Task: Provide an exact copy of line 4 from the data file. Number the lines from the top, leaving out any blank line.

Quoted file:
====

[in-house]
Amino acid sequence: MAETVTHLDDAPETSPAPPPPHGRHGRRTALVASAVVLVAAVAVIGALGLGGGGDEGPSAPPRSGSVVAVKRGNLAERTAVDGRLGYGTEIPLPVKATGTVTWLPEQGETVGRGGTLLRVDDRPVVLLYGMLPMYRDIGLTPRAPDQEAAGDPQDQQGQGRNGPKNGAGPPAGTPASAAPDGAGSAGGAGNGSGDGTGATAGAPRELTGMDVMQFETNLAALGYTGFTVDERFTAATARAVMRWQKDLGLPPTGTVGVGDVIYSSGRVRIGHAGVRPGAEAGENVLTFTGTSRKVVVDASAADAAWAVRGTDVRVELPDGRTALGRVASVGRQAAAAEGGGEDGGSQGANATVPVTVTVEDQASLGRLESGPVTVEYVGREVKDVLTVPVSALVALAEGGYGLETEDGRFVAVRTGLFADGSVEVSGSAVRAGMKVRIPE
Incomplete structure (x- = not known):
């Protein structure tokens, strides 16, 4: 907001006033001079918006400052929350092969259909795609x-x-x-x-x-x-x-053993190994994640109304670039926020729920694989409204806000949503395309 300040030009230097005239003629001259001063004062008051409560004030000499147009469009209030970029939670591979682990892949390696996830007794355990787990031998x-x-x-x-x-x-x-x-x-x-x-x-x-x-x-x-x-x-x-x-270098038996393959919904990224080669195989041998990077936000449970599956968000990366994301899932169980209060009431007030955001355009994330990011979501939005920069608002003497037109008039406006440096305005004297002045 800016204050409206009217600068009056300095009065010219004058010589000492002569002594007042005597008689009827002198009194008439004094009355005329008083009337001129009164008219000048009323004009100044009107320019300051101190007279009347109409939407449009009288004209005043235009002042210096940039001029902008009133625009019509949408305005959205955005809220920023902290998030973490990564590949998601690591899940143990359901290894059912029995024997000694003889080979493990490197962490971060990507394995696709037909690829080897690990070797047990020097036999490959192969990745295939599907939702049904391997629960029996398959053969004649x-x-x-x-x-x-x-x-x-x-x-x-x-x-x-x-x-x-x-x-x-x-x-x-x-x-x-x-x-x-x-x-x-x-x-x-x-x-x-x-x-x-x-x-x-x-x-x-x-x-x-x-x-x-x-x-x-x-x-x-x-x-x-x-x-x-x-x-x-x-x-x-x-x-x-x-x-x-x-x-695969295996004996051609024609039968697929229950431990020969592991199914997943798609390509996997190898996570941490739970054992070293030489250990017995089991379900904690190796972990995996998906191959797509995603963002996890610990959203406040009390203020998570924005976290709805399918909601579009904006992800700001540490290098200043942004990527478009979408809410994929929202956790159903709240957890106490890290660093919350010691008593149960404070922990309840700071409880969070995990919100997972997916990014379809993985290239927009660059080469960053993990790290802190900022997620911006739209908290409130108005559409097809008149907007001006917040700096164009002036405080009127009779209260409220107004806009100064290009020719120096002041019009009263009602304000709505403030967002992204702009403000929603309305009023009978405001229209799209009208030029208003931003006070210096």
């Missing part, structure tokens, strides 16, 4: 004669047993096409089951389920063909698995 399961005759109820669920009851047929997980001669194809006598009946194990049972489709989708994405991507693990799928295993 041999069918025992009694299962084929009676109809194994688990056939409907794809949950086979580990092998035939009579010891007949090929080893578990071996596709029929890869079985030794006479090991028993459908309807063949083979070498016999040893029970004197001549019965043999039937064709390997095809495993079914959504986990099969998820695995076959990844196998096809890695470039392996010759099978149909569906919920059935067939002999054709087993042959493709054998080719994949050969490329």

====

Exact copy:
């Protein structure tokens, strides 16, 4: 907001006033001079918006400052929350092969259909795609x-x-x-x-x-x-x-053993190994994640109304670039926020729920694989409204806000949503395309 300040030009230097005239003629001259001063004062008051409560004030000499147009469009209030970029939670591979682990892949390696996830007794355990787990031998x-x-x-x-x-x-x-x-x-x-x-x-x-x-x-x-x-x-x-x-270098038996393959919904990224080669195989041998990077936000449970599956968000990366994301899932169980209060009431007030955001355009994330990011979501939005920069608002003497037109008039406006440096305005004297002045 800016204050409206009217600068009056300095009065010219004058010589000492002569002594007042005597008689009827002198009194008439004094009355005329008083009337001129009164008219000048009323004009100044009107320019300051101190007279009347109409939407449009009288004209005043235009002042210096940039001029902008009133625009019509949408305005959205955005809220920023902290998030973490990564590949998601690591899940143990359901290894059912029995024997000694003889080979493990490197962490971060990507394995696709037909690829080897690990070797047990020097036999490959192969990745295939599907939702049904391997629960029996398959053969004649x-x-x-x-x-x-x-x-x-x-x-x-x-x-x-x-x-x-x-x-x-x-x-x-x-x-x-x-x-x-x-x-x-x-x-x-x-x-x-x-x-x-x-x-x-x-x-x-x-x-x-x-x-x-x-x-x-x-x-x-x-x-x-x-x-x-x-x-x-x-x-x-x-x-x-x-x-x-x-x-695969295996004996051609024609039968697929229950431990020969592991199914997943798609390509996997190898996570941490739970054992070293030489250990017995089991379900904690190796972990995996998906191959797509995603963002996890610990959203406040009390203020998570924005976290709805399918909601579009904006992800700001540490290098200043942004990527478009979408809410994929929202956790159903709240957890106490890290660093919350010691008593149960404070922990309840700071409880969070995990919100997972997916990014379809993985290239927009660059080469960053993990790290802190900022997620911006739209908290409130108005559409097809008149907007001006917040700096164009002036405080009127009779209260409220107004806009100064290009020719120096002041019009009263009602304000709505403030967002992204702009403000929603309305009023009978405001229209799209009208030029208003931003006070210096």